A third post for my first day back.
While my wife and I were on vacation in Northern California eleven days ago, Los Angeles lost its one commercial country music station. On August 17, KZLA suddenly switched from a country to a "rhythmic pop" format. (No more Gretchen Wilson, but yet another outlet for the Black-Eyed Peas.)
The Los Angeles Times had an editorial on this yesterday. The reasoning behind the switch is summarized here:
The format change, as in other big cities that no longer have country stations, stems in large part from changing demographics. A top executive at Emmis Communications, which owns KZLA, told The Times that 60% of the local audience is Latino, Asian or African American, while "country fans are about 98% Caucasian." The top slots in Arbitron's local radio rankings have been dominated in recent years by stations offering Spanish programming, hip-hop, R&B and pop hits, while KZLA's ratings have been mired just outside the Top 20.
Now, I am not devastated by the loss of KZLA. I love country music, mind you, but commercial radio rarely played the artists I like. I have little time for Toby Keith, Keith Urban, or Faith Hill; I'm much more inclined to listen to old Merle Haggard, or new Tift Merritt. More importantly, I have access to a computer with a broadband connection -- and I own an Ipod. Rather than endure the extraordinarily narrow range of choices (and the endless commercials) on broadcast radio, I can listen to the songs I want when I want them -- at work, at home, in the car. Of course, I have to pay for them, but it's worth it.
Black, Latino, and Asian teens -- who seem to be the primary audience for this rhythmic pop format that took over the country station -- have less disposable income. They are less likely to have satellite radio subscriptions, less likely to have access to internet radio. "Free" commercial radio is a far more important source of entertainment in their lives. Perhaps this is why we have five or six stations in Los Angeles now that play that maddeningly awful Gnarls Barkley "Crazy" song, and none that will play the latest from Tim McGraw.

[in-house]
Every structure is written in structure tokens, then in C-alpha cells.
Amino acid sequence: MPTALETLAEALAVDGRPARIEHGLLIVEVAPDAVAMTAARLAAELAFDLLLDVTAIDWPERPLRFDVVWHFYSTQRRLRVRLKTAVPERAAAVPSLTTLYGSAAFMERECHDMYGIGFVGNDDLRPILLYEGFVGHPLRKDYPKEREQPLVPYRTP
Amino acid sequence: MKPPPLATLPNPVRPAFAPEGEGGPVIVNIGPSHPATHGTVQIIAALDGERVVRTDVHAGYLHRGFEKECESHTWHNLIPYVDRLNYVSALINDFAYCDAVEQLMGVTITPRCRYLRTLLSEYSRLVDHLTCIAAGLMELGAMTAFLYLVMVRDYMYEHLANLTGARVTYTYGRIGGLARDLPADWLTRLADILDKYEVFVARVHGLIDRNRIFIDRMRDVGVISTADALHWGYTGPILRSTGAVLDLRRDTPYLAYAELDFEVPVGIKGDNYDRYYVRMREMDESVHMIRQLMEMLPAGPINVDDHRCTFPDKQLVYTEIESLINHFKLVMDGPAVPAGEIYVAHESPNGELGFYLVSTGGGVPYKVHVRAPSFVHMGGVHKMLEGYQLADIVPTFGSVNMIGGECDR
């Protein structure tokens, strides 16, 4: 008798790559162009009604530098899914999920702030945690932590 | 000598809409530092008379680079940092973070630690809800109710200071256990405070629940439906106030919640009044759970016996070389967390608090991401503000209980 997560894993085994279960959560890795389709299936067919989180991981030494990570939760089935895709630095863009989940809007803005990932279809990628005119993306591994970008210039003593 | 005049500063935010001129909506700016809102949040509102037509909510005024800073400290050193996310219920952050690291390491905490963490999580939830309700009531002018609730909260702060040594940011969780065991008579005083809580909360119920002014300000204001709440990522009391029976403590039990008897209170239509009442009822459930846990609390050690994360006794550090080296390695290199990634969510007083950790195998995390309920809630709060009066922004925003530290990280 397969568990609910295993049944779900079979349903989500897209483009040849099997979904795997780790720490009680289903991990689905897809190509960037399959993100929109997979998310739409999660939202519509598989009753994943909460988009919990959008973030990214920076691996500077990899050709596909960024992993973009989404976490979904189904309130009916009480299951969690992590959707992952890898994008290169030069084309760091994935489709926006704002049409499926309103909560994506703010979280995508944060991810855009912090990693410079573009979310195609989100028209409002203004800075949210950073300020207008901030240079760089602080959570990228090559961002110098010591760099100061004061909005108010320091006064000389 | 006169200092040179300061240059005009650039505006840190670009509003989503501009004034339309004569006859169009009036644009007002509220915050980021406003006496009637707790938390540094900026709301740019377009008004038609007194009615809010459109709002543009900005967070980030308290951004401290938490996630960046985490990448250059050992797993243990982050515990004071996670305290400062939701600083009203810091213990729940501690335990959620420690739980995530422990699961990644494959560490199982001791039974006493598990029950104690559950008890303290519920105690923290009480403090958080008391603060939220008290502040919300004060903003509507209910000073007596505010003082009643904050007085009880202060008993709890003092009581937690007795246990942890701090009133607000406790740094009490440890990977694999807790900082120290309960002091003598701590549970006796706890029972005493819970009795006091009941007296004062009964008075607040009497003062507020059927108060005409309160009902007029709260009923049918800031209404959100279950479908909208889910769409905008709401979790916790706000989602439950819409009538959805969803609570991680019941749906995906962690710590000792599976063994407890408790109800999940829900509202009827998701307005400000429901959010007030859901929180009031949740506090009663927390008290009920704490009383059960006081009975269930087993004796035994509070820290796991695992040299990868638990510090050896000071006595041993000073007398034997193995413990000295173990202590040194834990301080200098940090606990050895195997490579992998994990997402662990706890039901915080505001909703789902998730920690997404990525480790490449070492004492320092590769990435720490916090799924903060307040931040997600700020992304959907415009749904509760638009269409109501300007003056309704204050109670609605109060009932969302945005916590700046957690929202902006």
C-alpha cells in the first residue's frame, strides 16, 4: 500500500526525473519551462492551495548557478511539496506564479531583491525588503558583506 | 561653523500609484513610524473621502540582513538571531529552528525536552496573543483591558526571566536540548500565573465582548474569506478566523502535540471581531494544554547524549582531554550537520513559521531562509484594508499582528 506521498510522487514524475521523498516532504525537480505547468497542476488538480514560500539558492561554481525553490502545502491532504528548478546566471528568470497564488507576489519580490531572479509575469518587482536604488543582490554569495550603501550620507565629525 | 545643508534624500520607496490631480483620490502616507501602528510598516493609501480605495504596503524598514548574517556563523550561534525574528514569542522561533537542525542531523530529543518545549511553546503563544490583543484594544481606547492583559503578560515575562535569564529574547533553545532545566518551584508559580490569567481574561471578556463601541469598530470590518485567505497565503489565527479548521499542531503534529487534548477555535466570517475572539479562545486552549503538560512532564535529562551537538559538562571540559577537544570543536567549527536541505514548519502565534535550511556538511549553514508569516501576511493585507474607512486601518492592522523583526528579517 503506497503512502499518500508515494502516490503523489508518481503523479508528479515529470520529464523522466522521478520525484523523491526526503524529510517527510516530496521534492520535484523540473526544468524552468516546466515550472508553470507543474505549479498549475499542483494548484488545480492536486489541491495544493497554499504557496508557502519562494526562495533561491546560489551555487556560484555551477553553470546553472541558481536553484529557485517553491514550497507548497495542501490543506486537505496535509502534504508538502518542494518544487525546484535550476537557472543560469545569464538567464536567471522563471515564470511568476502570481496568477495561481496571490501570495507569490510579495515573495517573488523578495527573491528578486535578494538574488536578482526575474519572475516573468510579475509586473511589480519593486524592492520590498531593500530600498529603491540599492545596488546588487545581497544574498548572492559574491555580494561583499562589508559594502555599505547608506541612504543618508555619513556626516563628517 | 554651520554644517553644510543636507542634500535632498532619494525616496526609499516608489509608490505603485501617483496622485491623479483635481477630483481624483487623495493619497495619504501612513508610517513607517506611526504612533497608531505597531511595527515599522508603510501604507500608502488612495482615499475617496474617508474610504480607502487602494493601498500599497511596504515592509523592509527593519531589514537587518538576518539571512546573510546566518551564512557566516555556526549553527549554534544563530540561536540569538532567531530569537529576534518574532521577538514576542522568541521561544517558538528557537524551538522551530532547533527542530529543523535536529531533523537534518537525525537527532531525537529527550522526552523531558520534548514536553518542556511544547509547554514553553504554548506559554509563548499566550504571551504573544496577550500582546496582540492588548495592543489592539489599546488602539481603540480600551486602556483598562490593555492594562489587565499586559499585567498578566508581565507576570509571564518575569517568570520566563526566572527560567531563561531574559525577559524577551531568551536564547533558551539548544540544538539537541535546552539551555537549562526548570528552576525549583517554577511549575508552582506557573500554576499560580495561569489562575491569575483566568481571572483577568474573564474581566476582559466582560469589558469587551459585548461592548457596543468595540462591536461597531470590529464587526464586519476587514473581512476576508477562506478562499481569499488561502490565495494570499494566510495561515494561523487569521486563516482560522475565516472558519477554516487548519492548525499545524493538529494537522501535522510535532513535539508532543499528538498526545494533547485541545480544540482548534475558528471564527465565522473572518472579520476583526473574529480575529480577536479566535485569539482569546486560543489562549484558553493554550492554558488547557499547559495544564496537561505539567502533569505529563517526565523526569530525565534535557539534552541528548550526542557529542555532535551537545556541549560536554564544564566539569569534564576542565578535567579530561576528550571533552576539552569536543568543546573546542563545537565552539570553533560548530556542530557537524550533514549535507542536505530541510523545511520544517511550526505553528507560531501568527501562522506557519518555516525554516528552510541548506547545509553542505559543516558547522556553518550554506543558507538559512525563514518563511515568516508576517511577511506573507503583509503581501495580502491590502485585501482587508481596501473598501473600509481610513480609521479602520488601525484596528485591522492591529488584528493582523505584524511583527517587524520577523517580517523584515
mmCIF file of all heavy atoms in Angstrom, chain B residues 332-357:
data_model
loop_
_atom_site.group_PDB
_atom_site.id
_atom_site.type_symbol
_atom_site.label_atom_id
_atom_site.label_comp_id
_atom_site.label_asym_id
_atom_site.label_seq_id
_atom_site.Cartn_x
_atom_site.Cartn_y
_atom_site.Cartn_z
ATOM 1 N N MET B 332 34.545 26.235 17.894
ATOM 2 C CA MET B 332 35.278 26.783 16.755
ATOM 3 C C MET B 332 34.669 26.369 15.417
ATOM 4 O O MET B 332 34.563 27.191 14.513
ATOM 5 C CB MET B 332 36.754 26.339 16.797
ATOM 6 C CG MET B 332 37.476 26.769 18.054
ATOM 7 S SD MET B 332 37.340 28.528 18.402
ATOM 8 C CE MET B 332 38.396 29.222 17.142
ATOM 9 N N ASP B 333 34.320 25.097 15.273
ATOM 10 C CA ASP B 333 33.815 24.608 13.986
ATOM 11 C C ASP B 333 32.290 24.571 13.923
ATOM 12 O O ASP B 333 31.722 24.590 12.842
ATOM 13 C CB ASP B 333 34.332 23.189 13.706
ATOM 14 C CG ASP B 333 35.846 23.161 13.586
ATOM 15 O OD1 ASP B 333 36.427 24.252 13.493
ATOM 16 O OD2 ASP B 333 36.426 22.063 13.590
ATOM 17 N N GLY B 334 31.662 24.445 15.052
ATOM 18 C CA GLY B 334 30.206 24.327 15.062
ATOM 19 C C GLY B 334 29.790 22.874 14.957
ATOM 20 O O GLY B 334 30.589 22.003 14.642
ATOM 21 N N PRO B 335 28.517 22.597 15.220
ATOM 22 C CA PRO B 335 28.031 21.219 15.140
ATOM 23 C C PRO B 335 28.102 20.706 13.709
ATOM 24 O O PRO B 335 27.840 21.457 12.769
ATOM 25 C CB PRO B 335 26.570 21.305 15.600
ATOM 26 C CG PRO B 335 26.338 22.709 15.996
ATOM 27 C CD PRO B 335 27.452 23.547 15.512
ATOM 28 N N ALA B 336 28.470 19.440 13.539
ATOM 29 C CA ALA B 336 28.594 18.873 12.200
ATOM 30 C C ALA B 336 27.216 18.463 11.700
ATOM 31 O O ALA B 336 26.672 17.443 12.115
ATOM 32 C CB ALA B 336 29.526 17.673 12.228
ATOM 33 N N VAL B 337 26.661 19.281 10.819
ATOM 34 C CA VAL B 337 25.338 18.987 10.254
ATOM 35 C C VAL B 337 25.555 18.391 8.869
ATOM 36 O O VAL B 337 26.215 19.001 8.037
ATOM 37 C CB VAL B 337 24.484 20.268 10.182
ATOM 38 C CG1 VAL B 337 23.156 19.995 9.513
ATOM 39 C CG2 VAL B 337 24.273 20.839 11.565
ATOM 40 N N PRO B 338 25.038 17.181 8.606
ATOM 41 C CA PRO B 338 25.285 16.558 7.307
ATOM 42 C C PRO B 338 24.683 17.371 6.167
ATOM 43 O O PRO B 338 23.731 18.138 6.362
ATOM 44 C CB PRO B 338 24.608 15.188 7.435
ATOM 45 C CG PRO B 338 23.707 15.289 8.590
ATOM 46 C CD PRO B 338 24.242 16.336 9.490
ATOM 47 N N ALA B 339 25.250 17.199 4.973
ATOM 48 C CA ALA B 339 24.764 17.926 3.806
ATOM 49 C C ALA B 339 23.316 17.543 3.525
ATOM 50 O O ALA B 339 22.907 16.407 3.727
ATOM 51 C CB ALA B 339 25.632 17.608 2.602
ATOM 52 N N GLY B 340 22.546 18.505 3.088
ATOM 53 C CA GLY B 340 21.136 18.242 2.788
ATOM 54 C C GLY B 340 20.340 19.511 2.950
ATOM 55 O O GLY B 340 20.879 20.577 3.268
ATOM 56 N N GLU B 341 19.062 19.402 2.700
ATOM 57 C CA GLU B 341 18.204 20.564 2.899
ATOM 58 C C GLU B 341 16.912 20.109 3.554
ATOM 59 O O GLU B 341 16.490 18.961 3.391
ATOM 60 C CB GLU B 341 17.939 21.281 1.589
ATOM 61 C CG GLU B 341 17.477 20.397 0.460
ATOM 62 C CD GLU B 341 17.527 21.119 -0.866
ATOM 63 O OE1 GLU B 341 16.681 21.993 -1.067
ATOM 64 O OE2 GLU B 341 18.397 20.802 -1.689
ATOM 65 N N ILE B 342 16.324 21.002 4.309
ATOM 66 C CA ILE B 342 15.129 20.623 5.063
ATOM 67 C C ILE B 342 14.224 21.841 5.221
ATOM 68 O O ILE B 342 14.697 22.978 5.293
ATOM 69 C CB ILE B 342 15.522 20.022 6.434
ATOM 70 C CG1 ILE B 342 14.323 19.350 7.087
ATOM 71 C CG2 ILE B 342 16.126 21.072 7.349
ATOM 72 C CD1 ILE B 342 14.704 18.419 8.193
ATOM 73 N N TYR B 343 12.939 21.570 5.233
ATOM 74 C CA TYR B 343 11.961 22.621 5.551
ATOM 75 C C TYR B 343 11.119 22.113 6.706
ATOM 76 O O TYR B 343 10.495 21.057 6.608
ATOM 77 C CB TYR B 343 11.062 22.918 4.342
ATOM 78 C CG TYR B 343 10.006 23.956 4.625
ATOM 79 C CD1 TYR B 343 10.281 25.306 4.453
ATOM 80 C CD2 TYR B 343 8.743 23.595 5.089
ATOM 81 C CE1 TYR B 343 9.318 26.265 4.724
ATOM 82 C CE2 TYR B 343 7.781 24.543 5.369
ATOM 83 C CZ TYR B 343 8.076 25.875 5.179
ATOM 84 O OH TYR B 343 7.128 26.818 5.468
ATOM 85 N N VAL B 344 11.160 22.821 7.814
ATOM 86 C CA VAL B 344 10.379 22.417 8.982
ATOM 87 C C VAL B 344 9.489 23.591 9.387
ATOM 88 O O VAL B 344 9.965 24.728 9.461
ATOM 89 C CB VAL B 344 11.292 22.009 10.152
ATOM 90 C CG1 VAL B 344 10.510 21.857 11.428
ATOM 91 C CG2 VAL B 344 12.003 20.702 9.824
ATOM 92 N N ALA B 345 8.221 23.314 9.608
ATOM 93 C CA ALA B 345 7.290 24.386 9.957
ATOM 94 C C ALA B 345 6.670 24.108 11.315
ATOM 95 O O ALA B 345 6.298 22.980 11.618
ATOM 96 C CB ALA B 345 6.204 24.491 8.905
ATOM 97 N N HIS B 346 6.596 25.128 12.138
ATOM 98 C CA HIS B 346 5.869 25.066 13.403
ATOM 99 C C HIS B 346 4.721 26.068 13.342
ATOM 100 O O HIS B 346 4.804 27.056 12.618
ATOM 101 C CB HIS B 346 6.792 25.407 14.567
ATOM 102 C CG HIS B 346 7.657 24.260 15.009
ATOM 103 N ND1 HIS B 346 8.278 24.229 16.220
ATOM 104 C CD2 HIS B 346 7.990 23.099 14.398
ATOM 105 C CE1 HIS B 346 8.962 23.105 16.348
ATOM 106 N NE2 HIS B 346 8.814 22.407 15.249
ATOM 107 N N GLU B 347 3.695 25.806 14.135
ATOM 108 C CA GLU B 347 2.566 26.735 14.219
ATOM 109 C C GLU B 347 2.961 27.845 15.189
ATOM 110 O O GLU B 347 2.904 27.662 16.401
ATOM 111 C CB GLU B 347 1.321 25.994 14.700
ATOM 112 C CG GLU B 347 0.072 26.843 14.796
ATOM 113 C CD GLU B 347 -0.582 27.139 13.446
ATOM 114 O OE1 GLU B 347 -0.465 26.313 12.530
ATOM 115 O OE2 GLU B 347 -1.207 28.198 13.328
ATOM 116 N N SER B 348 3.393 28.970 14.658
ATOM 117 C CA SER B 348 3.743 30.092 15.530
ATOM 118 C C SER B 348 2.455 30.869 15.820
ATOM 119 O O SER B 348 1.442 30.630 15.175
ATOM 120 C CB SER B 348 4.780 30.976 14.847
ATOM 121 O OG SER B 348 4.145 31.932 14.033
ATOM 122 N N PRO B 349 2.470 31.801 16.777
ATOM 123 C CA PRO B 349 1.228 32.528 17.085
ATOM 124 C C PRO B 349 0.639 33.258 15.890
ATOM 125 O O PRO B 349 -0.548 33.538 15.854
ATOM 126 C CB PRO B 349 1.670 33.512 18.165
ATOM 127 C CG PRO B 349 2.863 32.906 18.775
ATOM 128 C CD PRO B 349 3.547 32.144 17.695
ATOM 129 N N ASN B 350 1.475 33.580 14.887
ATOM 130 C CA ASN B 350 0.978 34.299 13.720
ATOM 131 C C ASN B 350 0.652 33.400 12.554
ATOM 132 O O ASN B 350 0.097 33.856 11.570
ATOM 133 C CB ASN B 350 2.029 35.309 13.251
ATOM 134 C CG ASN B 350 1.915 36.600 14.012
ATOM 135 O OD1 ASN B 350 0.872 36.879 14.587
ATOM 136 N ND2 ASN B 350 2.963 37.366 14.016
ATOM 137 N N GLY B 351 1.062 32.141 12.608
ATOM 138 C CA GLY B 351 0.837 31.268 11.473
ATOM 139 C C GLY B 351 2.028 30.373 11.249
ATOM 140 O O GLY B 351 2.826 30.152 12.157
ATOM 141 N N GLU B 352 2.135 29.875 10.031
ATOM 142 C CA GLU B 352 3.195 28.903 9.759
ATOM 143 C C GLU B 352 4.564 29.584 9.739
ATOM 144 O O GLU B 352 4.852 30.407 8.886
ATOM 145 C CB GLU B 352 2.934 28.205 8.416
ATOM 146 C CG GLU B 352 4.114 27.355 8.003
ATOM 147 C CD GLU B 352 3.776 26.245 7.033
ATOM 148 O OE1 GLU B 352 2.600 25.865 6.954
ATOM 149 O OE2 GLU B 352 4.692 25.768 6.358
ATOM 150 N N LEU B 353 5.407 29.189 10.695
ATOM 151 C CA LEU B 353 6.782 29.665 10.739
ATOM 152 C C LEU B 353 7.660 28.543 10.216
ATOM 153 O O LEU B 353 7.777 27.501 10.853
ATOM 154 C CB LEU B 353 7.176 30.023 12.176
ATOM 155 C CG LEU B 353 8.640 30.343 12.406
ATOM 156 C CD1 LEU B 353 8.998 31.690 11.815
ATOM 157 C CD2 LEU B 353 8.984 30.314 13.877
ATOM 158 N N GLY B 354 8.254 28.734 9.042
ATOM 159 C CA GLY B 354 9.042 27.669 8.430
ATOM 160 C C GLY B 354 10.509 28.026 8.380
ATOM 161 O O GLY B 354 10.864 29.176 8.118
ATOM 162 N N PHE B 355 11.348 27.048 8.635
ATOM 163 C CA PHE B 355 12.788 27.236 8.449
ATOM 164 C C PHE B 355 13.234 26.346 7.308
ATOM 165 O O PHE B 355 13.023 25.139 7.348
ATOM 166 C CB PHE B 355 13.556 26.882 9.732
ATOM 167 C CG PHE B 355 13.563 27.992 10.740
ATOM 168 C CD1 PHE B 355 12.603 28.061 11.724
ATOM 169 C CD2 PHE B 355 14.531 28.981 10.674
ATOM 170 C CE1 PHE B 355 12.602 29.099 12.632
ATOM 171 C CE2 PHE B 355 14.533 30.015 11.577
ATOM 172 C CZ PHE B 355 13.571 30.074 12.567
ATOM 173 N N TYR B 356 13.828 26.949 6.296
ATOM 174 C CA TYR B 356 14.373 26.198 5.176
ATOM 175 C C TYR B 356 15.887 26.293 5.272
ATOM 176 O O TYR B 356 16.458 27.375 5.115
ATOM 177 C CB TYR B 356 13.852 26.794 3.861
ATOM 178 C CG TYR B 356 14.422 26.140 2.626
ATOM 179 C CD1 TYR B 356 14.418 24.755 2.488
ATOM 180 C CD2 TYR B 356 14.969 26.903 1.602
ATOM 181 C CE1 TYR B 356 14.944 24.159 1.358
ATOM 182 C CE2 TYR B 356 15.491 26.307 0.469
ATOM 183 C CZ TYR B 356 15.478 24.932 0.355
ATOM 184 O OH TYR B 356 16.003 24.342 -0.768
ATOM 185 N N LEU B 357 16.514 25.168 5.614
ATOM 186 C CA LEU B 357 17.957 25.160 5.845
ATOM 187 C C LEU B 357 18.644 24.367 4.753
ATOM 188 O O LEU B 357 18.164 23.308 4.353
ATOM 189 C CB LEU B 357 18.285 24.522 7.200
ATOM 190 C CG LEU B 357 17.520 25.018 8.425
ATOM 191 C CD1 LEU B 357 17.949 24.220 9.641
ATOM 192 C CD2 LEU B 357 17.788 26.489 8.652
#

On the other hand, perhaps there are other factors at play. Country music is often associated with working or lower-middle class whites. Since the 1970s, the white working class in Los Angeles has been headed east -- to the so-called Inland Empire of Riverside and San Bernardino counties. They have lots of country stations out there, as well as a very popular site for NASCAR racing. Perhaps KZLA simply couldn't cope with a shrinking audience of white listeners. The impact of satellite radio and the Ipod, combined with "white flight" to the eastern suburbs of the Inland Empire, made the market too small.
And there is still another question at hand. Why are so many young people of all races attracted to rap and rhythmic pop,and so few kids of color drawn to country? You'll see many more young whites at a Peas concert than you will see young African-Americans or Latinos at a Brooks and Dunn show. Country has failed miserably at attracting young people of color, particularly in urban areas. Conversely, hip-hop has done famously well at drawing in many young whites, even in suburban and rural areas. Is there still a legacy of racism around country music, forty years after the great Charlie Pride smashed the color line in Nashville? Or do the sounds and melodies of country music (whatever the sub-genre) have little to attract young urbanites? To flirt with a racist stereotype, is it because country is perceived as undanceable by many young people of color -- an audience for whom music that is danceable is the sine qua non?
One of my favorite recent "pop" country songs is "Redneck Woman", a major hit for Gretchen Wilson a year or two ago. It's a humorous, boisterous, celebration of a particular kind of life: rural, unpretentious, candid, bawdy, hard-working. I listened to it the same way I listened to the marvelous Don Williams track from a quarter century ago, Good Old Boys Like Me. (Famously quoted in "Primary Colors", it features an homage to Thomas Wolfe and Tennessee Williams, indicating that "good ole boys" can have intellectual aspirations as well.) Both songs celebrate a kind of life that is familiar to me, albeit from a slight distance.
But I wonder, do these songs come across as having racist, unwelcoming undertones? Are there still folks out there who confuse "redneck" and "good old boy" with "racist" and "intolerant"? Is that why my students (85% non-white) don't listen to Gretchen Wilson, while white kids in West Texas enthusiastically download Snoop Dogg?
I've got a CD playing on my office computer now -- the heavenly voices of Ricky Skaggs and Emmylou Harris in bluegrass duets fill my office. I can't imagine many of my students would be much interested.